Figure 1: Squamous cell carcinoma may occur on the gingiva, although it is most common on the lateral borders of the tongue, floor of the mouth, lips and back of the throat. Except for the lips, these locations are located in what is sometimes referred to as "Waldeyer's Ring." (Image courtesy Victor Raposo, DMD).
Atypical presentation of oral cancer arising in the maxillary anterior vestibule that was diagnosed as squamous cell carcinoma.
Figure 2: Locally invasive squamous cell carcinoma, which arose in the vestibular gingiva of the patients left anterior maxilla. (Image courtesy Victor Raposo, DMD).
Asymmetrical whitish-red lesion with irregular borders on patient's tongue that was diagnosed as squamous cell carcinoma.
Figure 3: Squamous cell carcinoma of the tongue. The asymmetrical, mixed red and white lesion with irregular borders is commonly associated with cancerous growths. (Image courtesy Victor Raposo, DMD).
Filiform projections from a mixed red white lesion on the patient's tongue that was diagnosed as squamous cell carcinoma.
Figure 4: Another squamous cell carcinoma, arising on the lateral border of the tongue. (Image courtesy Victor Raposo, DMD).

Cytologic smear or brush biopsy can be performed from the ulcerated surface or intact, but suspicious appearing mucosa. This means cells are harvested from the lesion and transferred to a microscope slide, where they are stained and prepared for microscopic evaluation. Tissue biopsy and microscopic examination is necessary to confirm the diagnosis, although clinical impression (how the lesion appears visually and behaves over time) is also very important.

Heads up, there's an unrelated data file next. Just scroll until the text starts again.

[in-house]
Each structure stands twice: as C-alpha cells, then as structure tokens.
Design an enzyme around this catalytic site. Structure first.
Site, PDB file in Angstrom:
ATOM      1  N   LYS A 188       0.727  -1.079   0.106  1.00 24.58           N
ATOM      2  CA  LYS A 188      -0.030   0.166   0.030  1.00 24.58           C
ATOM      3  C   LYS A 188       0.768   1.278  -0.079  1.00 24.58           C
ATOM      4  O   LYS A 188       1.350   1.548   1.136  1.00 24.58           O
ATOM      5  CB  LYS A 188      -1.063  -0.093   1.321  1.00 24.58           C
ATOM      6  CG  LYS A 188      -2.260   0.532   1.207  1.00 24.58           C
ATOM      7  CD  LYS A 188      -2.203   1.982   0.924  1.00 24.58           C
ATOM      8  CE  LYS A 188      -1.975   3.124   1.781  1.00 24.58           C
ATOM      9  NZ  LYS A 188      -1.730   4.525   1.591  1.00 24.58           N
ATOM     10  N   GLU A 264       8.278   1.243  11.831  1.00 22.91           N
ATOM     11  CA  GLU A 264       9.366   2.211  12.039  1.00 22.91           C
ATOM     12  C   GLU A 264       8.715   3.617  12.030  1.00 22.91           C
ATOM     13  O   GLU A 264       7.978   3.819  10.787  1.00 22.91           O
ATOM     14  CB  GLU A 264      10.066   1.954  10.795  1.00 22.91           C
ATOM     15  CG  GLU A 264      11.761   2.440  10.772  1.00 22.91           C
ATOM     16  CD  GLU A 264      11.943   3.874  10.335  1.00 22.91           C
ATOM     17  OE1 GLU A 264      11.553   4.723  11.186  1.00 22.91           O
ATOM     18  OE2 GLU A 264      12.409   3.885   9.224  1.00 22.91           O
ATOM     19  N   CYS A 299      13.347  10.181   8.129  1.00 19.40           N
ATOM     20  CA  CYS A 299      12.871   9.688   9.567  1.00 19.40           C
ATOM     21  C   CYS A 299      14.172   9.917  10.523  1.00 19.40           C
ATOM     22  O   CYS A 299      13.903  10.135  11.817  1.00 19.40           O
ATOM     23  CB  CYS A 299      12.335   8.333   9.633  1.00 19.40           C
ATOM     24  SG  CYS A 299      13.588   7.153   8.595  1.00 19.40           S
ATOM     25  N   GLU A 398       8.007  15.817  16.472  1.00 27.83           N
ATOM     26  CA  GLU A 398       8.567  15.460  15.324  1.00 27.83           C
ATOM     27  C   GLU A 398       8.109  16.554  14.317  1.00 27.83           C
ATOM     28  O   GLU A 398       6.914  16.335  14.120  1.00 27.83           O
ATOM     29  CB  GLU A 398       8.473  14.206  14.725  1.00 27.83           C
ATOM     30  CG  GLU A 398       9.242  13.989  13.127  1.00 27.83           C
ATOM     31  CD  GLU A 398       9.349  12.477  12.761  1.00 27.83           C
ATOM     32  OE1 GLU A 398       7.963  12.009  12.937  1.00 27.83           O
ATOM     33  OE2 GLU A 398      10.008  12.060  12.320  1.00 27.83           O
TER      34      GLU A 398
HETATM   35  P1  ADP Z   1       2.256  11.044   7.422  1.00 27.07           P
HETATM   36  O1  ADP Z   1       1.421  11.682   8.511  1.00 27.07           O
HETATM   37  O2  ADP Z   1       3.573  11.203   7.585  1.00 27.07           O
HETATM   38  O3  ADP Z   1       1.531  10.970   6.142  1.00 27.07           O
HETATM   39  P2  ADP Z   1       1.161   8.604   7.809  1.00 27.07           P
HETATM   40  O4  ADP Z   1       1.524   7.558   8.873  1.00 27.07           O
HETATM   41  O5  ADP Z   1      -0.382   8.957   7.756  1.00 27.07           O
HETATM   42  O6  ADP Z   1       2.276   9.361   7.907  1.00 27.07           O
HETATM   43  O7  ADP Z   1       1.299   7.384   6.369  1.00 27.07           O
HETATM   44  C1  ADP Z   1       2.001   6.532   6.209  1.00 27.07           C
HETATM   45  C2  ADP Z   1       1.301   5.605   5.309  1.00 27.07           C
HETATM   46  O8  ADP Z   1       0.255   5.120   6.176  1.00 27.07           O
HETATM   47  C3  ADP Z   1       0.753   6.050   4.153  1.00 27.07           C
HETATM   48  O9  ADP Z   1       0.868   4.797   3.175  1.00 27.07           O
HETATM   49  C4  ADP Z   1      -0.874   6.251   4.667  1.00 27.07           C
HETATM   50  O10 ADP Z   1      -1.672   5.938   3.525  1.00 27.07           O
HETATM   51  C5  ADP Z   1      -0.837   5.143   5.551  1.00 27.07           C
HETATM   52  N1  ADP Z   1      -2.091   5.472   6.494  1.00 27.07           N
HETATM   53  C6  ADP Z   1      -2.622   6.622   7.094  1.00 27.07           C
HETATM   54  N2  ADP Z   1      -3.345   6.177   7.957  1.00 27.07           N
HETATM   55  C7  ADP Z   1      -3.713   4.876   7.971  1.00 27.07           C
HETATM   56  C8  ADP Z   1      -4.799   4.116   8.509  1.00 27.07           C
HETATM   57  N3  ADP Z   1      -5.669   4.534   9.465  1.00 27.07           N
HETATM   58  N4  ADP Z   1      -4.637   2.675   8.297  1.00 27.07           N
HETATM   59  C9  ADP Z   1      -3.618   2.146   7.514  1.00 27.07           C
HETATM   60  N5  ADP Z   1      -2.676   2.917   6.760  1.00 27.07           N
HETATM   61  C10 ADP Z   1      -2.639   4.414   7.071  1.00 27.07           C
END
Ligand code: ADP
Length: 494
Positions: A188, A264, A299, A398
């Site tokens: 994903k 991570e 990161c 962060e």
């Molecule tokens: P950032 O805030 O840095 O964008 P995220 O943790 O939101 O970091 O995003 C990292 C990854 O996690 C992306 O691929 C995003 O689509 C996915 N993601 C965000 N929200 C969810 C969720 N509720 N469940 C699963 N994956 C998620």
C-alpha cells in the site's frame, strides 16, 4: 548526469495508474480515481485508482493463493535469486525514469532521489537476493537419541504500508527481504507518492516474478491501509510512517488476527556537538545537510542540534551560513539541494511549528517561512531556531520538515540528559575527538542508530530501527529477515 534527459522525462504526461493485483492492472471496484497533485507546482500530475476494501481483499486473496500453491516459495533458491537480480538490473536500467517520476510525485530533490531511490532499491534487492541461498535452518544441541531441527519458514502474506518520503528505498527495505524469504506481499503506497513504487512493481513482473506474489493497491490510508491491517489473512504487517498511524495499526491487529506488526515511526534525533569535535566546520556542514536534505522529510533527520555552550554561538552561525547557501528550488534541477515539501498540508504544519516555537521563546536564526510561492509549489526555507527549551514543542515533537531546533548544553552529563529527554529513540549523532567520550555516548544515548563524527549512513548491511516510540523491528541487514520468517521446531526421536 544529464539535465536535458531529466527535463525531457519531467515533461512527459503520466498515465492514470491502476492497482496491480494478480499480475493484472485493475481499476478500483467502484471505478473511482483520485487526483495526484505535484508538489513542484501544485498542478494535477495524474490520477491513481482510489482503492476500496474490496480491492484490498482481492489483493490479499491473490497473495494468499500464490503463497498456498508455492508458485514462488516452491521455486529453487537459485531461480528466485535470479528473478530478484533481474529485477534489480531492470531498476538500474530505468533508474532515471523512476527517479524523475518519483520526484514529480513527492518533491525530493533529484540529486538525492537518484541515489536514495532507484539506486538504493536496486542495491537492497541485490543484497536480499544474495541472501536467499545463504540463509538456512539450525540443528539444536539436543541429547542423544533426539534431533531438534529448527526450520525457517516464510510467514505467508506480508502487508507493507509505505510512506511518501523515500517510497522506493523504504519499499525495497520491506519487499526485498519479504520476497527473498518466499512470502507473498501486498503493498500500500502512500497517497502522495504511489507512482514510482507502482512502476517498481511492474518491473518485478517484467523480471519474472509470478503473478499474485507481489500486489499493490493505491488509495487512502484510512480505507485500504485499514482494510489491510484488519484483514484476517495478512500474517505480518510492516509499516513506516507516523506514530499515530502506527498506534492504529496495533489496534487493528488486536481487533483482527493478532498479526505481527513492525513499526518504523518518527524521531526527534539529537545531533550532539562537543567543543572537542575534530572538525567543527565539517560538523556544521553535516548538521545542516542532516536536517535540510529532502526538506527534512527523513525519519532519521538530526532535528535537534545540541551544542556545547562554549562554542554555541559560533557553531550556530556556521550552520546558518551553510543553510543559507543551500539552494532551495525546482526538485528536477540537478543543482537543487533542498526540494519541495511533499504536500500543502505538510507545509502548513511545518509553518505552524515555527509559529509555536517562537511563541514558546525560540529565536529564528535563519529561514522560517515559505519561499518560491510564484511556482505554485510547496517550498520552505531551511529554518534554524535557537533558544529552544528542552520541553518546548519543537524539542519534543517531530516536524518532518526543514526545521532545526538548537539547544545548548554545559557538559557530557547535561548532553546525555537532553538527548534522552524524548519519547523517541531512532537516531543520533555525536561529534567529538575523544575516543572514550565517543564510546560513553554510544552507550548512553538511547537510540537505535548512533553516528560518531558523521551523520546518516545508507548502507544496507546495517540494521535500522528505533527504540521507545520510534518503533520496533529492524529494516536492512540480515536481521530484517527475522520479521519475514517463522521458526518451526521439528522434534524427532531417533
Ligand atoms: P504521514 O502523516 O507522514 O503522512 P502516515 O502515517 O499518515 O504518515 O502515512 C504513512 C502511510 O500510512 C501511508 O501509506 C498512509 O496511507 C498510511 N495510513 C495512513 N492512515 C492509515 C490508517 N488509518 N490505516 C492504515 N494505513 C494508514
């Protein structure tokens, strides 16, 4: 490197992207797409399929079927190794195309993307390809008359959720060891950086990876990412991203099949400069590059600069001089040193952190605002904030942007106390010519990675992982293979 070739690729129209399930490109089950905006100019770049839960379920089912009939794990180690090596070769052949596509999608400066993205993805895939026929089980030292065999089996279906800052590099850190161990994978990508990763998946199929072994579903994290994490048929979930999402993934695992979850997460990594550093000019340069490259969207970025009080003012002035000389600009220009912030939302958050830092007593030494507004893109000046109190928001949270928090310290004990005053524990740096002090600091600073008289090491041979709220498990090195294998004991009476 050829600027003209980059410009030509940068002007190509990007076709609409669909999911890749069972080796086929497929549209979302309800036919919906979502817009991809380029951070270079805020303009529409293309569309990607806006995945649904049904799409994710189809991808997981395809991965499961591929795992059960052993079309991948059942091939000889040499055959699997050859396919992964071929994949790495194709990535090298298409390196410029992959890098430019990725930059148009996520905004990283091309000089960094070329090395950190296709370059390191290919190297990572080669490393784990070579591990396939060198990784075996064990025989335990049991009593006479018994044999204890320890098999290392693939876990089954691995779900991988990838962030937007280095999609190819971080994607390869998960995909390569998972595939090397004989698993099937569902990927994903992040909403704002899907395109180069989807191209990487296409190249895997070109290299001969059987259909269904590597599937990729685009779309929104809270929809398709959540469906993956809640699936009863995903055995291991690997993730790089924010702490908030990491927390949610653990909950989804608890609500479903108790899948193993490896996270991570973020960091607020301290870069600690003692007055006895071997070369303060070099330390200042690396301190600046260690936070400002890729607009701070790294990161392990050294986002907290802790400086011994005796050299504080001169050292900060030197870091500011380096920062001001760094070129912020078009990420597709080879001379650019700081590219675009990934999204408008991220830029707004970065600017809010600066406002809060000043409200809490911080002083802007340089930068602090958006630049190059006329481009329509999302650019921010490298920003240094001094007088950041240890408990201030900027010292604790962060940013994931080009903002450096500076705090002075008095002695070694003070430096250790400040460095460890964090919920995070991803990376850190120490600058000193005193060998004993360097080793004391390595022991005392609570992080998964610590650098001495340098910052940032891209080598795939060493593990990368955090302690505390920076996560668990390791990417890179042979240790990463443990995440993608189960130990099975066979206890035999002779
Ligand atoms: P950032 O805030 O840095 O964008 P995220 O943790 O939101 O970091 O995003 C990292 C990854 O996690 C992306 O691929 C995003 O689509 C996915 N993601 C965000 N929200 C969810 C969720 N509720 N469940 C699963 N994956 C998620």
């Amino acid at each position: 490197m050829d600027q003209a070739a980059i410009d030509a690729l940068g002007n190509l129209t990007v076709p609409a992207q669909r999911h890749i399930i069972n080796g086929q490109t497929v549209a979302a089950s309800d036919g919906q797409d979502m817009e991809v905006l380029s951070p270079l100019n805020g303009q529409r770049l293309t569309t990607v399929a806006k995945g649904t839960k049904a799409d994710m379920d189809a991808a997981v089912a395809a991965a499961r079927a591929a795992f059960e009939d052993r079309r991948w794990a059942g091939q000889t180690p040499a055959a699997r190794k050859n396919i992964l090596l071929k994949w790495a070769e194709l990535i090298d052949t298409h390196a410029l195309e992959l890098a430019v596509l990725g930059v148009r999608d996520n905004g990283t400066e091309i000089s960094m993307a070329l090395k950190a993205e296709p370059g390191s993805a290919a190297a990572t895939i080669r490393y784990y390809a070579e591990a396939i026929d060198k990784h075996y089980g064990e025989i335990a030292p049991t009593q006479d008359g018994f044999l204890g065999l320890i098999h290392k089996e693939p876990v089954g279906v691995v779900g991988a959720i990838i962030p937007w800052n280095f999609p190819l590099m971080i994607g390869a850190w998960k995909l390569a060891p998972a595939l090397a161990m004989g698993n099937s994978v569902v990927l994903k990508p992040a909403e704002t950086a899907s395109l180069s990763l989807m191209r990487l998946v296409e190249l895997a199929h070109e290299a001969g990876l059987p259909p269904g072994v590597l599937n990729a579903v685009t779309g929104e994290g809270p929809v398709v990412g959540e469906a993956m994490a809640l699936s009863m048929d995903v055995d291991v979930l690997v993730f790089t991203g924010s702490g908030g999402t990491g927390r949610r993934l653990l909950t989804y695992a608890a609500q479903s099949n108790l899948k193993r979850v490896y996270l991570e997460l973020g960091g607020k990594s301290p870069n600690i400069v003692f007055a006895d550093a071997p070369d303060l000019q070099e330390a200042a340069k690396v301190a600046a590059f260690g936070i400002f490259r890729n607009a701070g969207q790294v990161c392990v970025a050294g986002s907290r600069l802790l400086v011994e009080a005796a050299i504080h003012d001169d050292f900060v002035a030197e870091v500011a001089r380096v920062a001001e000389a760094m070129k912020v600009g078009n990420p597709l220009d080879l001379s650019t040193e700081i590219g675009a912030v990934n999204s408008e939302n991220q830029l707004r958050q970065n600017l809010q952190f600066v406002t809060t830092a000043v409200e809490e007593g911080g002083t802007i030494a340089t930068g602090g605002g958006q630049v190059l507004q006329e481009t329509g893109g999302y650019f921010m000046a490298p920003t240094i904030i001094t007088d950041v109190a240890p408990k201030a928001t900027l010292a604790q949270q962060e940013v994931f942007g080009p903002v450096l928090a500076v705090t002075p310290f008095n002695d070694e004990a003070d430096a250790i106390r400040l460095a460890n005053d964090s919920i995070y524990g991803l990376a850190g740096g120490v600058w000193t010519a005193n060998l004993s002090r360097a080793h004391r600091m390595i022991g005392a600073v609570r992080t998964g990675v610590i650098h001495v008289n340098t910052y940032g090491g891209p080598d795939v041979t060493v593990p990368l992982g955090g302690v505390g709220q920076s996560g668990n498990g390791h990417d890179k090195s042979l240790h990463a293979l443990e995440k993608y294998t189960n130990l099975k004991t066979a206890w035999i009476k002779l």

Scientists are searching for biomarkers in saliva, an easy to obtain body fluid, for noninvasive detection of oral cancer—and possibly other forms of cancer. A tissue sample may also be harvested traditionally, either in part (incisional biopsy) or or via complete removal of the lesion (excisional biopsy). This is typically done with a scalpel.

Visual examination often uncovers the presence of oral cancer. The visual cues upon examination are: deep seated ulcerated mass (extending into adjacent tissues), fungating ulcerated mass (extending away from the adjacent tissues), the ulcerated margins are commonly elevated, adjacent tissues may be indurated (hardened or thickened), may have residual leukoplakia and/or erythroplakia, and SCC most often occurs on the posterior lateral tongue, oropharynx and floor of the mouth—an area known as Waldeyer's Ring.

Oral cancer screening tests are now available to assist the doctor at early detection of cancers that may otherwise be difficult to identify through visual examination.

Last updated: 12/29/2013